I already had a frame for my finished cross-stitch but no glass. I went to Peacocks in Mowbray last week and had a piece cut to fit. It cost me R80. Today I fiddled around with getting the fabric aligned properly and thought what a brilliant idea it would be to use a staple gun to keep the folded-over corners flat at the back. So, yes, it worked – but it also caused the glass to break. Anyone else would have thought of that before they just jumped in, right? Tomorrow – back to Peacocks to cough up another R80. What a waste of money – I could have bought two bottles of cheap dry white for that!
I’ve made a bit of progress with the new cross-stitch, and am really really enjoying using my own selection of colours. I get to use up stash thread and just generally have more fun with the whole thing :
And while we’re on colour, I had to stock up on cushion stuffing this morning. This bolt of fabric from riiiiiiiight on the far side of the shop starting singing my name, and I didn’t even bother to pretend not to listen. I should get three or four cushions out of it, just in time for next week’s Made in the Cape market (the first one of 2019). It’ll be interesting to see if they sell, or if it’s just me thinking Ohmigod I love this and must have it in my house!!!
And here’s a gratuitous photo for Rachel in her Little Room – a close-up of the bottom row of the bookshelf that appeared in my last post. Nice mix, hey? – needlepoint, Ruth Rendell, some South African stuff, the incredibly funny Carl Hiaasen, even a bit of Salman Rushdie!
I was very disappointed to discover that the grey-water system in the new house only links to two bathrooms (one of which is seldom used). I couldn’t understand why so little water was coming out every day, as the washing machines (yes, two of them!) are in near-constant use, and also a hell of a lot of washing-up gets done around here. (Don’t look at me, and don’t ask. Just don’t).
So, under even tighter water restrictions, Rob fiddled around with some of the water outlet pipes and we now have an efficient – albeit rudimentary – “system”, involving lots of different-sized buckets carefully positioned over various drains. Twice a day, I decant from the bigger buckets into smaller buckets and go staggering round the garden with them trying to keep the plants alive. It’s very bad timing to have tendonitis in my right arm but how can you not use your right arm ffs, so I keep on regardless.
I don’t know how I got started on this, actually, but clearly I am obsessed with trying to get my garden growing the way I want it!! — I was planning to show you Ruth’s bedspread, which still needs a backing but will be ready in time for the market on Saturday.
She asked for shocking pink and navy, with a lighter blue and some grey here and there. I didn’t have anything useable in bright pink, so bought 2 metres of mediumweight linen and spread it out over the kitchen counter to break the solidity of it with some printing in whites and grey.
She’s also asked to make some little fabric containers – I guess something like this (found here), so I’ll have some fun playing around with that idea today.
I’m getting all patchworky. And I’m blaming Kate. My first two bedspreads were large irregular squares and rectangles and some strips. Nice, she said, but try cutting smaller squares because then you can fit in more contrasting fabrics. And what do you know, I’m hooked!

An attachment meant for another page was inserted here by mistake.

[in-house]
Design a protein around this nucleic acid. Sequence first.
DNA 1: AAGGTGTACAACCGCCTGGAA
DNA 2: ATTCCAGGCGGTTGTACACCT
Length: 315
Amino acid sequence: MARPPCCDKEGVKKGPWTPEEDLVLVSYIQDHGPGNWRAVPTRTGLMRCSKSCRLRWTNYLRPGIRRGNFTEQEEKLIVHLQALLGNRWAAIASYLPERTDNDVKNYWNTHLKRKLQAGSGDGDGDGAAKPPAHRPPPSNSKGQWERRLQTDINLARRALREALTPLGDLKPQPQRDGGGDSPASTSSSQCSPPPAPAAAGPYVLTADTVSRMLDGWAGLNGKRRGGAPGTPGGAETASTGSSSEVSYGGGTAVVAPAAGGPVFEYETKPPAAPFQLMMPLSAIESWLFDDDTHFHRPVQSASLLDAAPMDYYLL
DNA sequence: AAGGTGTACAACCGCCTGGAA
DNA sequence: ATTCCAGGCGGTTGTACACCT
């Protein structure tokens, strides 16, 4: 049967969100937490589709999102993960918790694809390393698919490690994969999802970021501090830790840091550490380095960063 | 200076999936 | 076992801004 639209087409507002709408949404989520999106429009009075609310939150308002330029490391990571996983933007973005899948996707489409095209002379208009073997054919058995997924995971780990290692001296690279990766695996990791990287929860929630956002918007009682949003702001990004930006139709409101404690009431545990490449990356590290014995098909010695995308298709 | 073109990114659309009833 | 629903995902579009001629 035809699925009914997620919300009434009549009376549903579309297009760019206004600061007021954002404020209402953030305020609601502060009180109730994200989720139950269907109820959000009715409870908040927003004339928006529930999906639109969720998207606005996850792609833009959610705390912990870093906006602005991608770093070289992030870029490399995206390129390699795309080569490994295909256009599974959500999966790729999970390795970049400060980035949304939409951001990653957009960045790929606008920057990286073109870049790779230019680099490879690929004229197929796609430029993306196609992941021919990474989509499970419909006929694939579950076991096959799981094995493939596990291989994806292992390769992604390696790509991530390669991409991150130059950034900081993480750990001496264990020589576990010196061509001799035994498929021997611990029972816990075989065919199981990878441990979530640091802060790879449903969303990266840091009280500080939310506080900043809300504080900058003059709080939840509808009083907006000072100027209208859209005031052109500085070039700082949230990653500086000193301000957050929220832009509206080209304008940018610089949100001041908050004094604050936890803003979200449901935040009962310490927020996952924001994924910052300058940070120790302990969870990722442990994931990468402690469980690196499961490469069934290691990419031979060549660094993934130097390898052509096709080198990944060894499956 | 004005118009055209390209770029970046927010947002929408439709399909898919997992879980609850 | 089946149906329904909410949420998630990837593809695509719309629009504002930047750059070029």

Side one and side two of a bright reddy-orangey mix, four strips of 10 squares each so far. I’ve opted for 10-inch squares because it seems like a manageable size. Not too big, not too small. Yay for the rotary cutter and cutting mat. If the house started burning down, they are now the first two items I would grab. (Sorry, cats.)
Maggie asks if I will be quilting the bedspread. It’s a short answer – No. There will be no batting and no fancy-pants stitching designs. There will be a lightweight cotton backing and topstitching round the edge. I know my limits!
I enjoyed playing around with those bits of left-over fabric more than I realised. And when it comes to enjoyable sewing, nothing beats the simplicity of straight lines. Someone I knew would have called it donkey work, in which case I’m having an Eeyore week.
The colours don’t show up that well in the pics, but they are a gorgeous mix of blues and creams and teals and greys and browns.
I like random, so I’ll never be one of those clever quilting ladies whose exquisitely thought-out fabric mosaics I admire so much! But I still felt I deserved a rotary cutter and a proper cutting mat – an early birthday present to myself :-) My squares are so much squarer now!
…fedoras and fabric. I’ve found it’s possible to stitch bias binding around the edge of the brim (very very carefully and slowly, with Gemsy), and I think it’s worth the effort.
I think I’ll wear one of these when I nip down to Pick n Pay later for my supplies – see if I can draw a response from anyone. I tried that a while back with a very over-the-top pixie hat, was expecting to be fallen on by hundreds of people braying with excitement and desire… Not one. Not a single one. I even lurked longer in the chocolate aisle, hoping to give similar-minded customers the opportunity to see the hat. Still nothing. I hummed round the dairy section, flicking my head around a bit, pretending to be deliberating over the ricotta. Nada. Knocked the wind right out of my sails. But today – today we try again !